[JURIST] The UK High Court on Tuesday suspended enforcement of a regulation requiring airlines to compensate passengers for flights that are delayed for more than three hours, until the European Court of Justice (ECJ) [official website] releases a new ruling on the issue. In November, the ECJ ruled [case materials; JURIST report] that airline passengers confronted with flight delays of three hours or more may receive compensation equal to that of passengers whose flights are canceled. The case arose under European Parliament and European Council Regulation (EC) No. 261/2004 [text, PDF], which sets forth rules for compensation and assistance of airline passengers. UK airlines, which asked the court to refer the issue back to the ECJ, have indicated that they believe the ECJ's 2009 ruling was incorrect [trade group report, PDF] and that they would not compensate passengers for delayed flights. Tuesday's decision will prohibit UK courts from enforcing the ECJ's original ruling. A spokesperson for the UK Civil Aviation Authority (CAA) [official website] stated that the CAA supports the original ruling [BBC report] and that they hope airlines will continue providing compensation to passengers who have experienced long flight delays, although they acknowledged that the CAA will have no enforcement mechanism until the ECJ offers a new ruling. The ECJ is not expected to review the case [Travel Weekly report] until 2012.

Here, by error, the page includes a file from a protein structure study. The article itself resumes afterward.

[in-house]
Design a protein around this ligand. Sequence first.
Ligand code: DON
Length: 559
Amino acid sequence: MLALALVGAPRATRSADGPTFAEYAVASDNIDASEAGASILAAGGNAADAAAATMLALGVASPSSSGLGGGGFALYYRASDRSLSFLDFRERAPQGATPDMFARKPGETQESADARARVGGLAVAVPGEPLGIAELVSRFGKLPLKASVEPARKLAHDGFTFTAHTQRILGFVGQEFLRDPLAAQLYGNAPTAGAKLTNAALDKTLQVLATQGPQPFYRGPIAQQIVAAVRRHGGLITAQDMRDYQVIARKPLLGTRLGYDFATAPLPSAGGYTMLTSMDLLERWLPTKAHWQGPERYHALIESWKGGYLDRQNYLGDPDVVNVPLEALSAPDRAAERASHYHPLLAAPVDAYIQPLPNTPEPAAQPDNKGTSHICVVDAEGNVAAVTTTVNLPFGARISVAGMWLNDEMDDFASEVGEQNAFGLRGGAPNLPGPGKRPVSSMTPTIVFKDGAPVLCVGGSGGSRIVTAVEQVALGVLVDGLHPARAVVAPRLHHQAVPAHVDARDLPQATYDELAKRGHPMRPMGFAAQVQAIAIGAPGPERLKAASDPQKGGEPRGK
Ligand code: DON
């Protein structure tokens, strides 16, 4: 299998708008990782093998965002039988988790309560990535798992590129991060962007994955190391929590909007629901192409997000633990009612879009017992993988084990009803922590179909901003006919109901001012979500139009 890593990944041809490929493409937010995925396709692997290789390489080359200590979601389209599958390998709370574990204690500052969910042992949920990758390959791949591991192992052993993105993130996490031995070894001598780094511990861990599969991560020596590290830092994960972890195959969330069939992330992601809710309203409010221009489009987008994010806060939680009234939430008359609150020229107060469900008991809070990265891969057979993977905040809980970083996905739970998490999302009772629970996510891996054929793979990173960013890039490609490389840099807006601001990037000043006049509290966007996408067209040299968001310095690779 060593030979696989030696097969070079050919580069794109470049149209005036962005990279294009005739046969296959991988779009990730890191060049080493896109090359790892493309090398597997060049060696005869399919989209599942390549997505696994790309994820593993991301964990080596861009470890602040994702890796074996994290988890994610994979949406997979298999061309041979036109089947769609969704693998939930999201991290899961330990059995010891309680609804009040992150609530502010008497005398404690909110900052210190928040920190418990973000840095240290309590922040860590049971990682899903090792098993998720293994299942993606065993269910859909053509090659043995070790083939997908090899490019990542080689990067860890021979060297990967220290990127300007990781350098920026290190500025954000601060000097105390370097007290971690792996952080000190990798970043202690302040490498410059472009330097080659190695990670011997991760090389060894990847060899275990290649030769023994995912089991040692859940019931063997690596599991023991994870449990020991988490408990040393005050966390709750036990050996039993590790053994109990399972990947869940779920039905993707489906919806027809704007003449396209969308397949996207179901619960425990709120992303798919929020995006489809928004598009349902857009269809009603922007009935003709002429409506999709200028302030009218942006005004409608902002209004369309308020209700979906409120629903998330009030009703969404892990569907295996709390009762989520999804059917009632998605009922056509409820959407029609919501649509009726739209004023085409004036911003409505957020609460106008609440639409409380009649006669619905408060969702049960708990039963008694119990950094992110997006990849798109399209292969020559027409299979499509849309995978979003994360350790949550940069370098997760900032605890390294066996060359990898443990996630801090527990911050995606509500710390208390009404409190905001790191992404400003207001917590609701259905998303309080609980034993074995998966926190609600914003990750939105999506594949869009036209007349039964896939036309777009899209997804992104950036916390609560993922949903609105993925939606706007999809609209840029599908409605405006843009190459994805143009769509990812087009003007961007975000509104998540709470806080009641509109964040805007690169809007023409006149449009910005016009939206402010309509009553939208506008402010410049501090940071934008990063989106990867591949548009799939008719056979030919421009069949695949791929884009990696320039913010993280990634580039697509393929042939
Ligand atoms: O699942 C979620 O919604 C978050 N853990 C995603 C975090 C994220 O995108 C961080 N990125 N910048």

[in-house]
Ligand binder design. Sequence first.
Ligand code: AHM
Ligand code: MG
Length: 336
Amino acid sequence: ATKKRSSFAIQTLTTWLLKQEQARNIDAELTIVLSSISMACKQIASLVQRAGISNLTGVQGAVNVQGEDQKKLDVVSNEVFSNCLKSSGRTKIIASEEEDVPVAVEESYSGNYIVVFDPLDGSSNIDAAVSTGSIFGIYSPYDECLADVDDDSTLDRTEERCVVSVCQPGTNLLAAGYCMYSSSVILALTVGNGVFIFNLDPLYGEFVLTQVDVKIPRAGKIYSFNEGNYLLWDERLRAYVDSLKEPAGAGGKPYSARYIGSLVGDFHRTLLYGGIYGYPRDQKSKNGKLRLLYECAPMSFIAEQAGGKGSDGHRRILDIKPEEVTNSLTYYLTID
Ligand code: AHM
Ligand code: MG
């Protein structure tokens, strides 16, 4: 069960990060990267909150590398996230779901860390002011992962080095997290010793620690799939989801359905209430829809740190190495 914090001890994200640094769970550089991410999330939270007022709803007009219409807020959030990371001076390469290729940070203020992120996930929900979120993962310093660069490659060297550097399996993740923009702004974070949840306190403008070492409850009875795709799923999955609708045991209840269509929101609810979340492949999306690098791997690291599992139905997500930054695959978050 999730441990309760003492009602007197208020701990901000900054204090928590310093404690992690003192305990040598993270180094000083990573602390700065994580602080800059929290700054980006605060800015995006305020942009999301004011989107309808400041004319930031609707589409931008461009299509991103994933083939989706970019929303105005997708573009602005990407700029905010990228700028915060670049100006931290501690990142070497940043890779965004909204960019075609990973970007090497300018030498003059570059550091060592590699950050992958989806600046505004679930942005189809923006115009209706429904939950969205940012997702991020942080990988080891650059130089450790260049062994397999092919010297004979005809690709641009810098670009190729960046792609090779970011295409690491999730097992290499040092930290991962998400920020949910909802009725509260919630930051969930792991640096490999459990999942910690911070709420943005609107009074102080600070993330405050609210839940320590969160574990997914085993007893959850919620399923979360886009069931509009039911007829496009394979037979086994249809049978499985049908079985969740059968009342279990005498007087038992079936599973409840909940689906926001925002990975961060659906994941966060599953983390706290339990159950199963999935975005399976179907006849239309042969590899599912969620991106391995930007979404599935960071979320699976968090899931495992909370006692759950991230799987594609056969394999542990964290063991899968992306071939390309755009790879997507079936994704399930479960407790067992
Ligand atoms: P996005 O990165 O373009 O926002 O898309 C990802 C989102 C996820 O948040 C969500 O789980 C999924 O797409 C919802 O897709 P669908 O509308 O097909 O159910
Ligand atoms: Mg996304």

The 2009 ECJ ruling mirrors a ruling issued in 2008 [JURIST report], which upheld the right of compensation to passengers whose flights are canceled. The legislation, which went into effect [JURIST report] in 2005, requires airlines to compensate travelers for cancellations, delays and denial of seats. It places the burden of proof on airlines if they wish to avoid payment. In 2006, the ECJ upheld [JURIST report] the airline passenger regulations in a challenge brought by International Air Transport Association [group website] and the European Low Fares Airline Association [group website; press release, PDF], which argued that the law was too costly to implement and some conditions were outside of the airlines' control.